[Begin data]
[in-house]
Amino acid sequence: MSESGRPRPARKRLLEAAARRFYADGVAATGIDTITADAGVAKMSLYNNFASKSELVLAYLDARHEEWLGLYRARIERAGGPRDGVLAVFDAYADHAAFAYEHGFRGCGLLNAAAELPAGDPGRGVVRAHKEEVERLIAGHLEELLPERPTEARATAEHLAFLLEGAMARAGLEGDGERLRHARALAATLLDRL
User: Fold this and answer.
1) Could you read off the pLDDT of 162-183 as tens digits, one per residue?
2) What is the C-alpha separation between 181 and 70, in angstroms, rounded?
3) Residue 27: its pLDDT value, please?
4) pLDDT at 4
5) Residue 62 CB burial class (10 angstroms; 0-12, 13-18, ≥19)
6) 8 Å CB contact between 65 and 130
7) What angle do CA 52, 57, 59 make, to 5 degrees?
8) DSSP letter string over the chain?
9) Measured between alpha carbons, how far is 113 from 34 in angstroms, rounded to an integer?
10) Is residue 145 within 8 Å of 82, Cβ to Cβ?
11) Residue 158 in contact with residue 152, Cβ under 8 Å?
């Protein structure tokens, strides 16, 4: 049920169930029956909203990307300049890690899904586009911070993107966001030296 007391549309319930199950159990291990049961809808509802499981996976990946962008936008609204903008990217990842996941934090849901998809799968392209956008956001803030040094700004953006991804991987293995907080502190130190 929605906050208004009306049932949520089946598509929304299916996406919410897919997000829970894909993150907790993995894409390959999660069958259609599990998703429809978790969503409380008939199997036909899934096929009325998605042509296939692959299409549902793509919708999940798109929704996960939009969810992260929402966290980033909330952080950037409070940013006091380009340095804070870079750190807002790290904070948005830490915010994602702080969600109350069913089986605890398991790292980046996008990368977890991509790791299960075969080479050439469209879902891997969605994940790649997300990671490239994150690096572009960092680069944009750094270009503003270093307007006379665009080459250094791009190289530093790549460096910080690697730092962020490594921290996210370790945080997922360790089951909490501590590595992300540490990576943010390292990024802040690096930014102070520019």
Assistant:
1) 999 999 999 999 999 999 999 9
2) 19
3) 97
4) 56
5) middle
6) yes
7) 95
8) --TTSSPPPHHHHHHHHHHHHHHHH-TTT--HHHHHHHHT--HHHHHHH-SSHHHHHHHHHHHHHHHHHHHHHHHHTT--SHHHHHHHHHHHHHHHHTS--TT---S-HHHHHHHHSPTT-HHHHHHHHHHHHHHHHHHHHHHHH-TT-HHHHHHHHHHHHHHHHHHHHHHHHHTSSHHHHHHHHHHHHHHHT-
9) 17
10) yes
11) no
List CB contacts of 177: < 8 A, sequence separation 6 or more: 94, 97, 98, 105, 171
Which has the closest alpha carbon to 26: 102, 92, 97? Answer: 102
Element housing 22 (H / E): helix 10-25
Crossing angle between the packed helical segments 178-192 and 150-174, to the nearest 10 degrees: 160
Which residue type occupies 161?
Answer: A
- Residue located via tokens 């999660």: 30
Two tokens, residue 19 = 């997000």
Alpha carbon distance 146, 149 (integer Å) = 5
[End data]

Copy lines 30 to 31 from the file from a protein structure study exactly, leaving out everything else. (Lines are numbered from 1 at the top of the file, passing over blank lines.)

Element housing 22 (H / E): helix 10-25
Crossing angle between the packed helical segments 178-192 and 150-174, to the nearest 10 degrees: 160